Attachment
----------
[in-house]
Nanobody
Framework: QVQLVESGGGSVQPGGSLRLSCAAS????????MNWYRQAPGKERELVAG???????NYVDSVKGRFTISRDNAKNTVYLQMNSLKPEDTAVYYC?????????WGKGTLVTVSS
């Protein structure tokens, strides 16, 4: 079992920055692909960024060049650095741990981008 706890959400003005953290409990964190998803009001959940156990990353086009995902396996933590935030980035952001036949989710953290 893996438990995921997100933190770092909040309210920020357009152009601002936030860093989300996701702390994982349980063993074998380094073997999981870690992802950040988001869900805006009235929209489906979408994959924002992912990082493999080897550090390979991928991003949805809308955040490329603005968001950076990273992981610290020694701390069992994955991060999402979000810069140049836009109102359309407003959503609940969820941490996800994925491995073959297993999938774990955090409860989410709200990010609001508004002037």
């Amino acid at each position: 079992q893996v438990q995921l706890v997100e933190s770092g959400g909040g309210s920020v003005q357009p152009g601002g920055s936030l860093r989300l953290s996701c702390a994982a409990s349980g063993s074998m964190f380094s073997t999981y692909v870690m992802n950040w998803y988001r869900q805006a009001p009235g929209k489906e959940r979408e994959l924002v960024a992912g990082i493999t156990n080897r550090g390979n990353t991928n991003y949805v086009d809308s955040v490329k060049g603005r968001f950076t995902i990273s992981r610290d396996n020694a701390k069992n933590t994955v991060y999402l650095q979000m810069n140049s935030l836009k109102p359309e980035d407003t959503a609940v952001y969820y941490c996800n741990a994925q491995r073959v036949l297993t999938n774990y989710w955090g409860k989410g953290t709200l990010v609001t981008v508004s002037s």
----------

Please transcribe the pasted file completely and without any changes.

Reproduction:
[in-house]
Nanobody
Framework: QVQLVESGGGSVQPGGSLRLSCAAS????????MNWYRQAPGKERELVAG???????NYVDSVKGRFTISRDNAKNTVYLQMNSLKPEDTAVYYC?????????WGKGTLVTVSS
């Protein structure tokens, strides 16, 4: 079992920055692909960024060049650095741990981008 706890959400003005953290409990964190998803009001959940156990990353086009995902396996933590935030980035952001036949989710953290 893996438990995921997100933190770092909040309210920020357009152009601002936030860093989300996701702390994982349980063993074998380094073997999981870690992802950040988001869900805006009235929209489906979408994959924002992912990082493999080897550090390979991928991003949805809308955040490329603005968001950076990273992981610290020694701390069992994955991060999402979000810069140049836009109102359309407003959503609940969820941490996800994925491995073959297993999938774990955090409860989410709200990010609001508004002037």
């Amino acid at each position: 079992q893996v438990q995921l706890v997100e933190s770092g959400g909040g309210s920020v003005q357009p152009g601002g920055s936030l860093r989300l953290s996701c702390a994982a409990s349980g063993s074998m964190f380094s073997t999981y692909v870690m992802n950040w998803y988001r869900q805006a009001p009235g929209k489906e959940r979408e994959l924002v960024a992912g990082i493999t156990n080897r550090g390979n990353t991928n991003y949805v086009d809308s955040v490329k060049g603005r968001f950076t995902i990273s992981r610290d396996n020694a701390k069992n933590t994955v991060y999402l650095q979000m810069n140049s935030l836009k109102p359309e980035d407003t959503a609940v952001y969820y941490c996800n741990a994925q491995r073959v036949l297993t999938n774990y989710w955090g409860k989410g953290t709200l990010v609001t981008v508004s002037s």